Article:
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Education

The standard of Education in Australia is particularly high. In recent years, Australian education has set the benchmark for other countries in a number of areas, which include Curriculum and Assessment.

Childcare

Childcare services in Australia are available for children aged 6 weeks to 6 years. All childcare facilities are independent and have different fees and education/play based curriculum. Most childcare centres also have long wait lists, so you will need to get in early, putting your name onto a waiting list if needed in order to secure a place for your child at your chosen childcare centre(s).

There are different types of child care and early learning services in Australia

  • Long Day Care: Long Day Care is sometimes referred to as centre-based care and is generally provided in a building that has been created specifically for use as a child care centre. Centres usually operate between 6:30 am and 6:00 pm and offer professional care for children aged 6 weeks to 6 years.
  • Family Day Care: Family Day Care services deliver flexible home-based education and care for children via a network of educators. It mean children (aged 6 weeks to 6 years) will be cared by an approved educator, in educators’ homes.
  • In Home Care: In Home Care is similar to Family Day Care but the professional carer looks after the child in your child's home. However, it is not widely available and usually only an option where other forms of care are not suitable.
  • Outside School Hours Care: Outside School Hours Care centres provide care for primary school aged children, before and after school (7:30 am -9:00 am and 3:00 pm -6:00 pm), during school holidays and on pupil-free days.
  • Occasional Care: Occasional Care offers professional care for children on a casual basis. This service is suitable for families who do not need child care on a regular basis but would like someone to look after their children occasionally, for example when they have a medical or other appointment.

    The majority of Long Day Care centres and Family Day Cares are approved child care services. This means that families using the service may be eligible for Child Care Benefit and the Child Care Rebate.

You will also need to contact Centrelink to inform them that your child will be attending care. For more information about Childcare services, please click here.

Primary and Secondary Schooling

Migrants to Australia must enrol their children in school. You can choose to have your children educated in public (state government) or private (independent) schools throughout Australia. Education at public schools is free (depending on the type of visa you have been granted, you may be required to pay full school fees, which includes public schools) in most states, although most schools do have a small voluntary annual fee to cover extra activities. Private or independent schools have their own fee structure.

To enrol your children at school you will need to have report cards or statements from previous schools and possibly some samples of their work.

Formal schooling in Australia starts with a kindergarten or preparatory year followed by 12 years of primary and secondary school. Children generally begin formal schooling in the year that they turn 5 or 6 dependent on the state, beginning with Prep (also known as kindergarten) and continuing through Years 1 to 12.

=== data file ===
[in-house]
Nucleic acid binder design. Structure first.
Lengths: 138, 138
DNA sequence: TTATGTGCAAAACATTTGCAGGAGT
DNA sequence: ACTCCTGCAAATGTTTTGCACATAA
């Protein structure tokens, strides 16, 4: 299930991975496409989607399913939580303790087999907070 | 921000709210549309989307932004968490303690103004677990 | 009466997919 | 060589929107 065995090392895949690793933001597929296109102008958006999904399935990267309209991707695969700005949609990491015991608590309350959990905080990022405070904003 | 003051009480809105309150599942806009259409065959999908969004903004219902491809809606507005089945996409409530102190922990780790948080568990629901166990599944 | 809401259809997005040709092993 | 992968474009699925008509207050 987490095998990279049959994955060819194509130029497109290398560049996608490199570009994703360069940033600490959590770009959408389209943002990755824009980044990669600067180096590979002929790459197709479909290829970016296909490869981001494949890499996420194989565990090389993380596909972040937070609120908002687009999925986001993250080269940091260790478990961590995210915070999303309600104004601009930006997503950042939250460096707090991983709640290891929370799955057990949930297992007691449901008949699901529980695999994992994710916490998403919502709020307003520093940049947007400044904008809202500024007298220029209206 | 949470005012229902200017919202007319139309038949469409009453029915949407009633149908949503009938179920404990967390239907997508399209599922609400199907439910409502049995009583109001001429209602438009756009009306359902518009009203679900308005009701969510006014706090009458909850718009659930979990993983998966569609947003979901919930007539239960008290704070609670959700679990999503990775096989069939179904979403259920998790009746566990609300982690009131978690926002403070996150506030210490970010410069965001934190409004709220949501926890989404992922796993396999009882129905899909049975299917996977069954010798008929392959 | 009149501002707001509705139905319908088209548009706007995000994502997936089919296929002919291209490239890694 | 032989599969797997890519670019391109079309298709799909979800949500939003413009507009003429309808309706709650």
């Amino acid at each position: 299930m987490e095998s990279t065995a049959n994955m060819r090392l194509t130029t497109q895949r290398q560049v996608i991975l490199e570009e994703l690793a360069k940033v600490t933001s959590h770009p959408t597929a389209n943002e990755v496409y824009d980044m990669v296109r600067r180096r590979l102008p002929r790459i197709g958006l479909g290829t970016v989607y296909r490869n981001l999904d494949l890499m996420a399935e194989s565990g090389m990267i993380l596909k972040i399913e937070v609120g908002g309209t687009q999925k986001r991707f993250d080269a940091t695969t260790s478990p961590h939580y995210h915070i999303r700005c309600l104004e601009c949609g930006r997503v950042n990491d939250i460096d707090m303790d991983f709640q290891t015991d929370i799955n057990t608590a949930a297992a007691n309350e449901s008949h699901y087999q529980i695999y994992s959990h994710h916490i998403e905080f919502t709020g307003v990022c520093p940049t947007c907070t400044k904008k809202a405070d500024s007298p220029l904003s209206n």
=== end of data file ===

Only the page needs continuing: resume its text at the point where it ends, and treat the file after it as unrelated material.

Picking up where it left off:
To have more information about each school in Australia, please click here.

Things to consider when choosing a school

If you’re looking beyond the local public school, think about what will work best for your child’s characteristics, personality, strengths, needs and interests. You might also consider how different schools’ cultures and values sit with your family values and family life.

Other factors you could take into account include:

  • the facilities the school has to support your child’s learning – such as playgrounds, library, home language support, music programs, clubs and sporting teams
  • the opportunities for parent and family involvement with the school, and how communication between home and the school is managed
  • the school’s size and number of children enrolled
  • the school’s religious affiliation or otherwise
  • your preference in relation to public versus private education
  • the location of the school, cost or difficulty of travelling to and from the school, and public transport options
  • your preferences or needs – for example, boarding, or the possibility of educating your child at home 
  • the connection between the school and the local community
  • the schools’ previous academic results or performance in other areas, such as the arts, sport or community engagement
  • where your child’s friends are going.

Tertiary Education

Tertiary study is available at various universities, TAFEs and private provider institutions within Australia.

The higher education sector is made up of universities and other higher education institutions. The Australian Government supports the sector through policies, funding and programmes. The Australian Government provides financial assistance to students through the Higher Education Loan Program (HELP), which consists of five different loan schemes. For more information please click here.

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